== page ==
One of the reasons for this spice’s inflated market value is that it’s “long” on flavor. The dried, crushed berries boast hints of anise, cinnamon, and nutmeg in addition to the trademark muskiness and bite with which black pepper is usually associated.
It’s also relatively scarce. There are but two varieties of long pepper, and neither of them is found outside of India and Indonesia. That said, the aromatic, woody pods have been known to pop up at Indian supermarkets in far-flung places, so keep a watchful eye on the shelves and be sure to wait until after payday to stop in.
6. Black Cumin Seed
Cost: ~$40 Per Pound
A close cousin of conventional cumin (Cuminum cyminum), black cumin is marked by several subtle distinctions in both appearance and culinary application.
The seeds themselves are smaller, thinner, and darker in color, for starters. Flavor-wise, they’re a fair bit sweeter and brighter, with a citrusy tang on the back end. These sorts of palate-pleasing qualities make them a wonderful addition to any number of dishes, particularly those that rely heavily on meat.
They don’t come cheap, though. Pound for pound, black cumin seed runs 30-some-odd dollars higher than regular cumin. We’ll leave it up to you to decide whether such a drastic differential is worth it.
7. Kaffir Lime Leaves
Cost: ~$35 Per Pound
As you might have guessed, this aptly-named herb is the foliage of the Kaffir lime (also known as the “makrut lime”), a type of citrus that’s particularly prolific in tropical Southeast Asia.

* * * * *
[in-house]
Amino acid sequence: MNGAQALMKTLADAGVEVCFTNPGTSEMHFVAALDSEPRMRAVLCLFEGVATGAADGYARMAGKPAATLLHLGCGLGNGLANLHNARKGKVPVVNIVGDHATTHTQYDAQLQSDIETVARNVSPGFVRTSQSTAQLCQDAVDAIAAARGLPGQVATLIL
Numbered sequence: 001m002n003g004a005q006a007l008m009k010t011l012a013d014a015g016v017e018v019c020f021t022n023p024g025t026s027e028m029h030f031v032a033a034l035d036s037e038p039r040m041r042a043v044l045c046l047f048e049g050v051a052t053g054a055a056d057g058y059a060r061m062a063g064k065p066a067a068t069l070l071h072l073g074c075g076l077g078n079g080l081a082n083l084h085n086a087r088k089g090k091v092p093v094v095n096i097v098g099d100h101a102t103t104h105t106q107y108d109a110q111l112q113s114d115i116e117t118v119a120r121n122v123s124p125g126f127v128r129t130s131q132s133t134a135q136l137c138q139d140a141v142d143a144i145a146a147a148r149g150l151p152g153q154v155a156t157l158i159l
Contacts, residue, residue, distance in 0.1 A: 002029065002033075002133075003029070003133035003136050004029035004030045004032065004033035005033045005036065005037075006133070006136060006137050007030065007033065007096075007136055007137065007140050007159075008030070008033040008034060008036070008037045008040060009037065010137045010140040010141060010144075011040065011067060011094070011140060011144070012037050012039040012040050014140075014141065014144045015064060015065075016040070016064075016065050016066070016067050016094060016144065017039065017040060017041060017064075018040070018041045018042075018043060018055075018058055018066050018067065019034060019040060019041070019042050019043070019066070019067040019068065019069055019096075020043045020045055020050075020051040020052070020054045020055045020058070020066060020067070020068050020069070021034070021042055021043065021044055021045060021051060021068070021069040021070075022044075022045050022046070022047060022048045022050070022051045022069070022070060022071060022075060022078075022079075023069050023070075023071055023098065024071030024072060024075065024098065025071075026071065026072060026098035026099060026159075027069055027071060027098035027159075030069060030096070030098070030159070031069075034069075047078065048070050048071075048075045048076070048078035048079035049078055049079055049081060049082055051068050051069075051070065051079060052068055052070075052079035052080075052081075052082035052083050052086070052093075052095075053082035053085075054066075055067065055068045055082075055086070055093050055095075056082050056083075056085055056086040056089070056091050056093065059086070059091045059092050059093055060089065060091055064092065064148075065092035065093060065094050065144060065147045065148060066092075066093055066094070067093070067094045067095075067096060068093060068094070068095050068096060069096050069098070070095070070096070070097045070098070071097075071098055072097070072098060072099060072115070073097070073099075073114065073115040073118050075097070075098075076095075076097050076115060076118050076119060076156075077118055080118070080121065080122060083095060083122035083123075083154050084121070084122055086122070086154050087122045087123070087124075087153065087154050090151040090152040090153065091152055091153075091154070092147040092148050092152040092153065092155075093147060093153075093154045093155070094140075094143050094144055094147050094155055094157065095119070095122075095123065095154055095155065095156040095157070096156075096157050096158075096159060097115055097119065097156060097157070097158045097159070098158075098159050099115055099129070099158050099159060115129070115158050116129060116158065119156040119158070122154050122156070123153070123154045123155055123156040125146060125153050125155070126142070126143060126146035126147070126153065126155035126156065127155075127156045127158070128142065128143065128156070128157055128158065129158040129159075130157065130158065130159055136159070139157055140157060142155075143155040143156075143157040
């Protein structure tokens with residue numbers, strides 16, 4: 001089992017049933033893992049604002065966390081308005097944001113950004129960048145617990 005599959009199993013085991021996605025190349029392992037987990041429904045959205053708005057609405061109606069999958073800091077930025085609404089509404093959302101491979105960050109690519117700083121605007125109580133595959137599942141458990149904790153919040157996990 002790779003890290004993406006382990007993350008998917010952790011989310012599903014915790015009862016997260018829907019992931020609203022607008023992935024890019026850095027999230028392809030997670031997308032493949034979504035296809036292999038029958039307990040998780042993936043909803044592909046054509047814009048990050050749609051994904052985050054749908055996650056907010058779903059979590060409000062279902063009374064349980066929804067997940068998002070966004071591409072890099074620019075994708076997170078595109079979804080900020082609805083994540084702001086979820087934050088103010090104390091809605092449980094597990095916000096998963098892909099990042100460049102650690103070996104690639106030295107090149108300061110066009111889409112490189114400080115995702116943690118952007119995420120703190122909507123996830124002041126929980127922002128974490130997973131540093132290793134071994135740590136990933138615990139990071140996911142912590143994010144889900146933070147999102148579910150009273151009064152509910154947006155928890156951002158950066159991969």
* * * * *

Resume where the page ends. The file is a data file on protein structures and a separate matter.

Upon reaching peak maturity, Kaffir lime leaves are hand-picked from amid a tangle of thorn-covered branches, then dried and used to lend a burst of sweet, vibrant citrus flavor to a diverse array of foods (notable examples of which include Thai Panang curry, Vietnamese ga nuong la chanh, and Indonesian soto ayam).
Needless to say, the rather exacting harvesting procedure and peerless zestiness of the leaves make for a bundle of green that tends to go for, well, a bundle of green.
8. Grains of Paradise
Cost: ~$32 Per Pound
If you’re inclined to guess that a spice with a name like “Grains of Paradise” has to cost an arm and a leg, you’re right. Several factors serve to explain why.
First and foremost, Grains of Paradise (a.k.a. alligator pepper a.k.a. Roman pepper a.k.a. melegueta pepper a.k.a. Guinea grains) is delicious, often described as a cross between black pepper, ginger, and cardamom. Furthermore, its cultivation calls for countless hours of backbreaking labor on Africa’s sweltering west coast.